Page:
With the sweet, candy-like beets, the smooth and creamy avocado, plus a little goat cheese, chopped scallion, sliced radish and a handful of micro greens, it was beyond delicious.

Recipe (you hardly need one!)

1 large beet, roasted, peeled and diced*

1/2 scallion chopped, including white end

1 radish, sliced thin

1 1/2 Tbs goat cheese

Handful of micro greens

Dress with a tangy mustard vinaigrette (loaded with garlic).

* if you stow beets, post-roasting, in their foil wrappers in a large, unsealed zip lock bag, be very careful carrying the bag to the cutting board unless you want your kitchen to resemble a crime scene!

Trip along

One. Indivisible Group telecall and coffee. Two. Empty trunk of car. Three. Text Dog walker. Four. Set phone to blue tooth so I can listen to “Pod Save America” on the drive to the North Shore. Five. Stop and get future cab fare cash for my sister while praying we can grab her wily cat when the time comes. Six. Arrive in Salem, make sure I say enough of a hello before kicking into gear and fetching cat carrier from basement. Six (a). Crawl around looking under furniture for cat, hopefully with success, and then fill trunk with stuff for N’s new apartment. Seven. Drop my sister and her aide at new place. Eight. Take cat to vet for shots. Nine. Pick up my sister and her aide. Ten. Write pet escrow check for housing authority. Eleven. Drop check, proof of vaccinations, and form at housing authority. Twelve. Probably collapse momentarily at old Salem place before driving home (not likely to have to argue about whether to go to hardware store too because my sister tires way faster than I do). Thirteen. Drive home saying OM TARA TUTARE TURE SWAHA. Thirteen and on: Record expenses. Dog Joy. Food (his, mine). Sewing. Bath. TV.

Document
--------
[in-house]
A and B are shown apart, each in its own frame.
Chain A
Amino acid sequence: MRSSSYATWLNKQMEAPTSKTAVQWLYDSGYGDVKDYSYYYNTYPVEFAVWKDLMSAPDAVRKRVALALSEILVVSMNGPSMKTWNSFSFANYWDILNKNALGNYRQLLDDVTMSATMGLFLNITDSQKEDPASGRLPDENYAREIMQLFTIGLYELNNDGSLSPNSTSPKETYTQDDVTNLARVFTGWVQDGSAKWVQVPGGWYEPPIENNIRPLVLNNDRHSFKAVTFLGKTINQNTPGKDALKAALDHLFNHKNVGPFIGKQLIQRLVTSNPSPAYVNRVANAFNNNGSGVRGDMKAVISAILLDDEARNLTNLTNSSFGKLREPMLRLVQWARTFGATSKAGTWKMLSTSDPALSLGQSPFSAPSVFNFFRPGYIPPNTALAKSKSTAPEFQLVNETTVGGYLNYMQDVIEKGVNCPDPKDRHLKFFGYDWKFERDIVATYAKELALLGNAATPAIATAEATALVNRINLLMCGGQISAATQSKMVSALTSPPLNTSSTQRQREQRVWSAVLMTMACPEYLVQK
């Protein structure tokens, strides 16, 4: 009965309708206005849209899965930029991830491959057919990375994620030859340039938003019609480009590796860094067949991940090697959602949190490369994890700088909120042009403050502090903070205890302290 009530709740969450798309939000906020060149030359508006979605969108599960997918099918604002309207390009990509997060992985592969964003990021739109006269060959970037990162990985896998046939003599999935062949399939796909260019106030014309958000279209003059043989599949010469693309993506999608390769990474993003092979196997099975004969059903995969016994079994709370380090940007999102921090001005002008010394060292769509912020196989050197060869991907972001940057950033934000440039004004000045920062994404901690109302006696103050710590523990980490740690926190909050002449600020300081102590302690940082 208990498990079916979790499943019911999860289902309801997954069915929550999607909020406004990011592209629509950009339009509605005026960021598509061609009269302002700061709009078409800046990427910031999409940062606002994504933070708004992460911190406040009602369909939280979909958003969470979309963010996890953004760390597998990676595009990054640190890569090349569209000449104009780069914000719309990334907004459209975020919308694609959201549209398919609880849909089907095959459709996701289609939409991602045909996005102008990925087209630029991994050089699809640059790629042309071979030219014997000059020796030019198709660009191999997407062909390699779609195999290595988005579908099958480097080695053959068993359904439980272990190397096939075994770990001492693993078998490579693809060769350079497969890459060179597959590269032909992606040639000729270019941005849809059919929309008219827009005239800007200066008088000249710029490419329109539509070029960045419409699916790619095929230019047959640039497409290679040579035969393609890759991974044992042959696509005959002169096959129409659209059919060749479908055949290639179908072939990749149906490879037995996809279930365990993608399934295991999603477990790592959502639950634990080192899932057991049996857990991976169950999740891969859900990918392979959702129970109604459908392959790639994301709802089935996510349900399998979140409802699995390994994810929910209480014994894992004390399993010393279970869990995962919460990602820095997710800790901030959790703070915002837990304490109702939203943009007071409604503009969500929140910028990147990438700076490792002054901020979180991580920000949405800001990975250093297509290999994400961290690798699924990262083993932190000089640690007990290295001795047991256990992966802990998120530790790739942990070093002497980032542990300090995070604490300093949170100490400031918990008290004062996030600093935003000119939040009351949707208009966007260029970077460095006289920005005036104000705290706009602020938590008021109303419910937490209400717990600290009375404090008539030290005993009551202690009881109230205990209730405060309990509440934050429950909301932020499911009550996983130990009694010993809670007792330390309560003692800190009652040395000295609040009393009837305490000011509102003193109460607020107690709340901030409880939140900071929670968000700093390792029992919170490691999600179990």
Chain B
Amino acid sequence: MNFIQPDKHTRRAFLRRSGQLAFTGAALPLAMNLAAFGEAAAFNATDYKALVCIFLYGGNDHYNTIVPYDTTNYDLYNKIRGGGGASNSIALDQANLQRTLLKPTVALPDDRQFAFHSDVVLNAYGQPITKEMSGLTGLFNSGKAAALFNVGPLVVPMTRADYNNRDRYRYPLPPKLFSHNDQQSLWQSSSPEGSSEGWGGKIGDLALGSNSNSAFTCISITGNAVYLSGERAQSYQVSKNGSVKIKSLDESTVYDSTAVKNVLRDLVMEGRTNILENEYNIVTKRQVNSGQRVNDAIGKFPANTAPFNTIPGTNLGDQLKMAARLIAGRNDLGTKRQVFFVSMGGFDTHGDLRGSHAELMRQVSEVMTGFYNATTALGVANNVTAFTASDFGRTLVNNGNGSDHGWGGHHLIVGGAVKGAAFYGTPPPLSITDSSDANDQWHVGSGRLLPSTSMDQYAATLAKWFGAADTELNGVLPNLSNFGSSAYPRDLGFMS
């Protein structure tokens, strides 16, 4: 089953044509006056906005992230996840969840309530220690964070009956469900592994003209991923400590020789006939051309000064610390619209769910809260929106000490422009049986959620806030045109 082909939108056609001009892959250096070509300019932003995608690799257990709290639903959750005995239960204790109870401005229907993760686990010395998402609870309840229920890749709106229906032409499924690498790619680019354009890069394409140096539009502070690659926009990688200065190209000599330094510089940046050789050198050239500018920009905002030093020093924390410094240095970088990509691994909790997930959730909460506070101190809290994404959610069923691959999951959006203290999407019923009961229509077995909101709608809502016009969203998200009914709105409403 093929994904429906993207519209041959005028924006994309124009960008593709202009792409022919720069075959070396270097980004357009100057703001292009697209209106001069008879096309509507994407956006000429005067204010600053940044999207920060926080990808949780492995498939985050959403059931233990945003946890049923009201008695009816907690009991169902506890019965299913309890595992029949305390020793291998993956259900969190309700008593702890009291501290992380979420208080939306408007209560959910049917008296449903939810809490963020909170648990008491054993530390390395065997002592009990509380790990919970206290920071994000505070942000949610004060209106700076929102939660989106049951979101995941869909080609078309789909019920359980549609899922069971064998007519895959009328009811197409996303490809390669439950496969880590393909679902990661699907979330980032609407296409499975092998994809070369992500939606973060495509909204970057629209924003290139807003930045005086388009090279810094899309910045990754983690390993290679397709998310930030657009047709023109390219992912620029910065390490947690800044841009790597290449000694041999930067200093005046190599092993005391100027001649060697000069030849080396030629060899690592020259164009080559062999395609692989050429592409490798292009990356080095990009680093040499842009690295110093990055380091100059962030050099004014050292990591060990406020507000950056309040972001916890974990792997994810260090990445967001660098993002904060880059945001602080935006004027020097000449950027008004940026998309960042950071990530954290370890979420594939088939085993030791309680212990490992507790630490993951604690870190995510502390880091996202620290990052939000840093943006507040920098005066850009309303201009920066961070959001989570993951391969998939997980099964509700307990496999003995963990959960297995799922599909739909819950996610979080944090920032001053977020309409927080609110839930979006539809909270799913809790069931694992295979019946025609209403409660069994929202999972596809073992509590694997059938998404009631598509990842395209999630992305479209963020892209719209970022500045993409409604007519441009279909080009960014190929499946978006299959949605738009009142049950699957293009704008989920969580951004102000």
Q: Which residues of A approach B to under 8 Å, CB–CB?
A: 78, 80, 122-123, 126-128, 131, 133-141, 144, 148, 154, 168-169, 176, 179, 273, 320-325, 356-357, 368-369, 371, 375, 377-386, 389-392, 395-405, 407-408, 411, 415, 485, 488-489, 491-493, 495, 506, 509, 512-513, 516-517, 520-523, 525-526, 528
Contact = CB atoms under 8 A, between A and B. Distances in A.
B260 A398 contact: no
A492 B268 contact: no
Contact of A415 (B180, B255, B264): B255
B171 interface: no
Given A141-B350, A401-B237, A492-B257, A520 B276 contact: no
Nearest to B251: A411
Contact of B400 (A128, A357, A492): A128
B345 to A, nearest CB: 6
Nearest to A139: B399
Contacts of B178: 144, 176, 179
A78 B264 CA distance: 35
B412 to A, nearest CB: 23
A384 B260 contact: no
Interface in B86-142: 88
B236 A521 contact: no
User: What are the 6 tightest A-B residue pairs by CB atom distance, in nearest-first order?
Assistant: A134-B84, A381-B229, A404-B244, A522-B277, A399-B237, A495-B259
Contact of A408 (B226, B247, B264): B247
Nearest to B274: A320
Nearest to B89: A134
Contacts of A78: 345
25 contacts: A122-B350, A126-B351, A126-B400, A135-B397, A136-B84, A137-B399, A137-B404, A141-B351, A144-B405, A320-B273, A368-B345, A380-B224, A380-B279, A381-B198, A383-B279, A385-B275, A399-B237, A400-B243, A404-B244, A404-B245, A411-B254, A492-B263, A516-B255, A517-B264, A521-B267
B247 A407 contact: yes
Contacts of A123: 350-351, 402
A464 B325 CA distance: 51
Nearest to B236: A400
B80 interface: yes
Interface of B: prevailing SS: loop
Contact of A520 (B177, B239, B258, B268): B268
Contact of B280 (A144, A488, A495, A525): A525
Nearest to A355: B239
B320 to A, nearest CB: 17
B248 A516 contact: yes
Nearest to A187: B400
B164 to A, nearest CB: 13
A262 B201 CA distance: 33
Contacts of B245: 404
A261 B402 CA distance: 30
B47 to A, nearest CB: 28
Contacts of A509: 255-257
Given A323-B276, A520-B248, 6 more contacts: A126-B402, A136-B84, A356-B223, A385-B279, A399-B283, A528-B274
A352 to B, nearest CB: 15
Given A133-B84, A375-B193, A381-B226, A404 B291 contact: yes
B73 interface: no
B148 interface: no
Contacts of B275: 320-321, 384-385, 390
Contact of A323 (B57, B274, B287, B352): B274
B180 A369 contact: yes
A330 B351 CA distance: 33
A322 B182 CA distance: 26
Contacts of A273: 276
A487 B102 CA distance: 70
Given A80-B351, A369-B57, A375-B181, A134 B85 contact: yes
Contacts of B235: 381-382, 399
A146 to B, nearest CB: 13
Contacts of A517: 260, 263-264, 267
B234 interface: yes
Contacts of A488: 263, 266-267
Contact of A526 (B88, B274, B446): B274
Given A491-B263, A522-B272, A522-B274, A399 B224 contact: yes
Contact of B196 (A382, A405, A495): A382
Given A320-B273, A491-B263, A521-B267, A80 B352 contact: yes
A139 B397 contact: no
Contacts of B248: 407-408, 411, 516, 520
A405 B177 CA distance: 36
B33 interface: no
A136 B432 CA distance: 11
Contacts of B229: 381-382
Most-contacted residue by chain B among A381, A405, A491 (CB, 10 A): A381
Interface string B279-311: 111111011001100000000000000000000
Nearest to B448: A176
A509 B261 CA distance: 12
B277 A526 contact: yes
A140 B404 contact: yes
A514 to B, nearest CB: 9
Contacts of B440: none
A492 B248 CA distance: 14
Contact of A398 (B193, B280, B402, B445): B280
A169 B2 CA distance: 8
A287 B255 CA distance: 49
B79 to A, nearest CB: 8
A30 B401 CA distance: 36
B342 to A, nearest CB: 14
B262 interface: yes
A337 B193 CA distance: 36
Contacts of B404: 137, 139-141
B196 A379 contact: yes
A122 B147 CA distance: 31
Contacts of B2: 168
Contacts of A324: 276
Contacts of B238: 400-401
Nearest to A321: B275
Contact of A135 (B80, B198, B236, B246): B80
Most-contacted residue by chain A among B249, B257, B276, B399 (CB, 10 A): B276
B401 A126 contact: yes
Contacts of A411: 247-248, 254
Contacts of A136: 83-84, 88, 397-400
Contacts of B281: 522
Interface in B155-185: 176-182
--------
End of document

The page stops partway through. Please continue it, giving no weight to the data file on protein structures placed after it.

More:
Once again random capitalization suits. This time: Dog Joy.

Moving along

Some thing’s getting done. Other things getting fucked up (by you know who — don’t ask me about aprons right now).

Will make (an unexpected) run to Salem today in order to take my sister to the North Shore housing office. She’ll be signing the lease for subsidized housing this afternoon. Hooray!

Now if only Son #2 would get a job — something, anything — if only to stave off K and me having to ask, “What is our limit here?” I don’t know the answer to that, but I do know that many families would’ve considered it reached and then some.

It is very cold today. Very. As in, bitter. But, Finn and I walked around the lake with a friend and she graciously shared stuff about the child of hers that has needed extra this and extra that.

Her words were the first gift of the week. The second is that K has agreed to come home early so that I don’t have to abbreviate the visit with my sister in order to accommodate the dog.

Off to fix an apron!